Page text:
Internet color codes
Memento employs the standard Internet color code to indicate colors.
Colors & their codes
Base 16 (hexadecimal) Math 101 for computer people
The code for each color is determined by how luminescent it is. Do you remember radix arithmetic from school? Radix (or base) 10 is for decimal values (0-9), base 2 for binary values (0-1), etc. Next most common are the bases that computers use in addition to binary. 2 binary digits in a row can represent values from 0-3, 3 digits show 0-7, 4 digits 0-15, and to represent colors for the Internet, we need to represent 256 colors, 0-255. For 256 colors, we'd need that many characters, but we don't have that many characters in our alphabet, so we use 2 characters for the color. Base 16 numbers can represent that 16 values, and 2 in a row, will give us 256 values (what we need) and they fit in a byte of storage, too! Recapping, if each digit took 4 bits & represent values 0-15, we can use a single character to make up those values if only we could represent all 16 values in the 4 bits. So, we use the 10 decimal digits 0-9 and then start with A to represent 10-15, so A-F are the characters we need to represent one hexadecimal digit. To get to 256 -- with base 16 arithmetic (we can say hex for short), 16 times 16 gives us the 256 we need. So that would be hex 11 (1*16+1), and if A is 10, then B is 11, so 11 represents 16+1=17. Using # to indicate a numeric value is in hex is an Internet standard (for HTML, CSS, etc).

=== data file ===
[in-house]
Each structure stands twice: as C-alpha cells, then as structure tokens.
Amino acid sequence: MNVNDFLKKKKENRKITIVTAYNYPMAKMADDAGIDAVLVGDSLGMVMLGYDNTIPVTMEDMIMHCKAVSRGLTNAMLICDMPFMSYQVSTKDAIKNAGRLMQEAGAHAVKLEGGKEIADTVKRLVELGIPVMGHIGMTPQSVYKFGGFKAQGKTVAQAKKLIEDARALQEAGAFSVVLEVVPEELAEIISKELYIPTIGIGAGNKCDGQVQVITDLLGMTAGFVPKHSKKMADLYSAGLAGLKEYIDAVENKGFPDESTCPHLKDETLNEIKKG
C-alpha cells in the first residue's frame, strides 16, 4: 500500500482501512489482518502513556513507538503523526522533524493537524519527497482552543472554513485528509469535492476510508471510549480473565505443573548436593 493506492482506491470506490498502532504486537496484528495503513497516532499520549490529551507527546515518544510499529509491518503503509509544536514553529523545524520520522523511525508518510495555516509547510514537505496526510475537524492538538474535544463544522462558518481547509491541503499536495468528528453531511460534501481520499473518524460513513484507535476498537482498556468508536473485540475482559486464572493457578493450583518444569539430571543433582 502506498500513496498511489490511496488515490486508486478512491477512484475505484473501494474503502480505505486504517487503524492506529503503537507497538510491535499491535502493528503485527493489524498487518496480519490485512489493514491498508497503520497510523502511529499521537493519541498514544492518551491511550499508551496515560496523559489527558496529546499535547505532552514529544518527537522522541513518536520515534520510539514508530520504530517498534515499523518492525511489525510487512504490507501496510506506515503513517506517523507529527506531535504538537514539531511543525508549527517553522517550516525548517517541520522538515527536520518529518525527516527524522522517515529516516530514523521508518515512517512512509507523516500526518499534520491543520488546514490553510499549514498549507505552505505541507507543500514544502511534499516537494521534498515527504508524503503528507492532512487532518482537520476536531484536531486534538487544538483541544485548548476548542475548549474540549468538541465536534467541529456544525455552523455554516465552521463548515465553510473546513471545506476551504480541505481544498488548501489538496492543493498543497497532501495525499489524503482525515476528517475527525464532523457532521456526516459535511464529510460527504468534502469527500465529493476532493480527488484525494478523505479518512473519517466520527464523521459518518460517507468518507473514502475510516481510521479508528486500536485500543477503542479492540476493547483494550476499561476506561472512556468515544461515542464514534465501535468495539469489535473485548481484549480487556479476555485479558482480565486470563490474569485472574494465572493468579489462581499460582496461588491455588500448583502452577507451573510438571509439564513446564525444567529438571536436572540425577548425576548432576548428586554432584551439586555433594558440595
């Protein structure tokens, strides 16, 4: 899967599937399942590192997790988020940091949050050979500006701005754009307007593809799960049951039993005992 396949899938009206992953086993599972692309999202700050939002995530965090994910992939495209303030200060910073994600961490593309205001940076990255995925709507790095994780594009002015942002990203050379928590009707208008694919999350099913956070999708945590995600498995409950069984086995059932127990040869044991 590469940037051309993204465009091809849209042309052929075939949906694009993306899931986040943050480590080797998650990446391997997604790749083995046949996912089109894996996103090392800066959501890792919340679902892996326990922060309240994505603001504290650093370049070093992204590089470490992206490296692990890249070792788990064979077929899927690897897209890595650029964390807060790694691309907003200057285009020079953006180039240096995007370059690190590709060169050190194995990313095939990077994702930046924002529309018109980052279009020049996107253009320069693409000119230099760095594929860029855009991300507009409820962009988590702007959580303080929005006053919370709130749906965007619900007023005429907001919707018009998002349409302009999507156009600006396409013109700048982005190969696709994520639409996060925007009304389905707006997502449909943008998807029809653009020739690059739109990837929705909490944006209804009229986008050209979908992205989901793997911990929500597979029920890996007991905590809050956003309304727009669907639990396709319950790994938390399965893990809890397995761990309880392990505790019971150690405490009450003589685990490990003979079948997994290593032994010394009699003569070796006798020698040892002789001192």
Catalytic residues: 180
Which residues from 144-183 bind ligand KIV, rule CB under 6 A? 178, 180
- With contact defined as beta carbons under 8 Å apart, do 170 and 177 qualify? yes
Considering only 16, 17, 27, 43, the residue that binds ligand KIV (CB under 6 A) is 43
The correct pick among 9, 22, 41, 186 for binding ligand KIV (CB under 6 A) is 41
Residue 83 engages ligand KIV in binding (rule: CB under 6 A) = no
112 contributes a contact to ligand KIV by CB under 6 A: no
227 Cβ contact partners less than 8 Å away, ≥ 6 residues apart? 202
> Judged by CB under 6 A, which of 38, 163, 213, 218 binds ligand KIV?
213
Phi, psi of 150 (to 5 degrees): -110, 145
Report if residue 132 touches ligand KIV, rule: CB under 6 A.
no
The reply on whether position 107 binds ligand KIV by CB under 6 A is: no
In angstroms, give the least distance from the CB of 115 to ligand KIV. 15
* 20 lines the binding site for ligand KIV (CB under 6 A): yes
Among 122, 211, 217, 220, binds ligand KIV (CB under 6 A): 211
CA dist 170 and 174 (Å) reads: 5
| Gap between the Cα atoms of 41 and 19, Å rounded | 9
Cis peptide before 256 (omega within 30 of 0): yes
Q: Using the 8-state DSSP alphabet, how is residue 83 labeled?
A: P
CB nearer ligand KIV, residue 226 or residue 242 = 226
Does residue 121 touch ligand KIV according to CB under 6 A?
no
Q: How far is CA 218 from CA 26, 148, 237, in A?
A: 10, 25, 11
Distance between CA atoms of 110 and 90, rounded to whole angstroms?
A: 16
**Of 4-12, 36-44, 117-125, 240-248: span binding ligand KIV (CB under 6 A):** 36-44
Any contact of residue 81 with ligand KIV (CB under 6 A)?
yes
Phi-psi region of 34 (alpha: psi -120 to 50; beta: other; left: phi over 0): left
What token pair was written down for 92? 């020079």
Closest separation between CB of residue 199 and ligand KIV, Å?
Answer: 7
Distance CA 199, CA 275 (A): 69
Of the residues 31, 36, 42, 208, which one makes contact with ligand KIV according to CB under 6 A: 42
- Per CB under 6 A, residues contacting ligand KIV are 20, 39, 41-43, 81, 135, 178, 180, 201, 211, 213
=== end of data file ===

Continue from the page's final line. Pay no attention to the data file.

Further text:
Making hex digits into colors
There are 256 levels of luminosity for each color (0-255). The code for Black is #000000 -- none of any of the colors, so black. The code for White is #FFFFFF, 255 for each of red, green, & blue. Halfway from 0-255 is 128 -- #80, as you might expect, so it means to show gray. For the other colors, check out that link above, see what colors match with which codes, and if you keep doing that for various colors, you'll get the hang of it.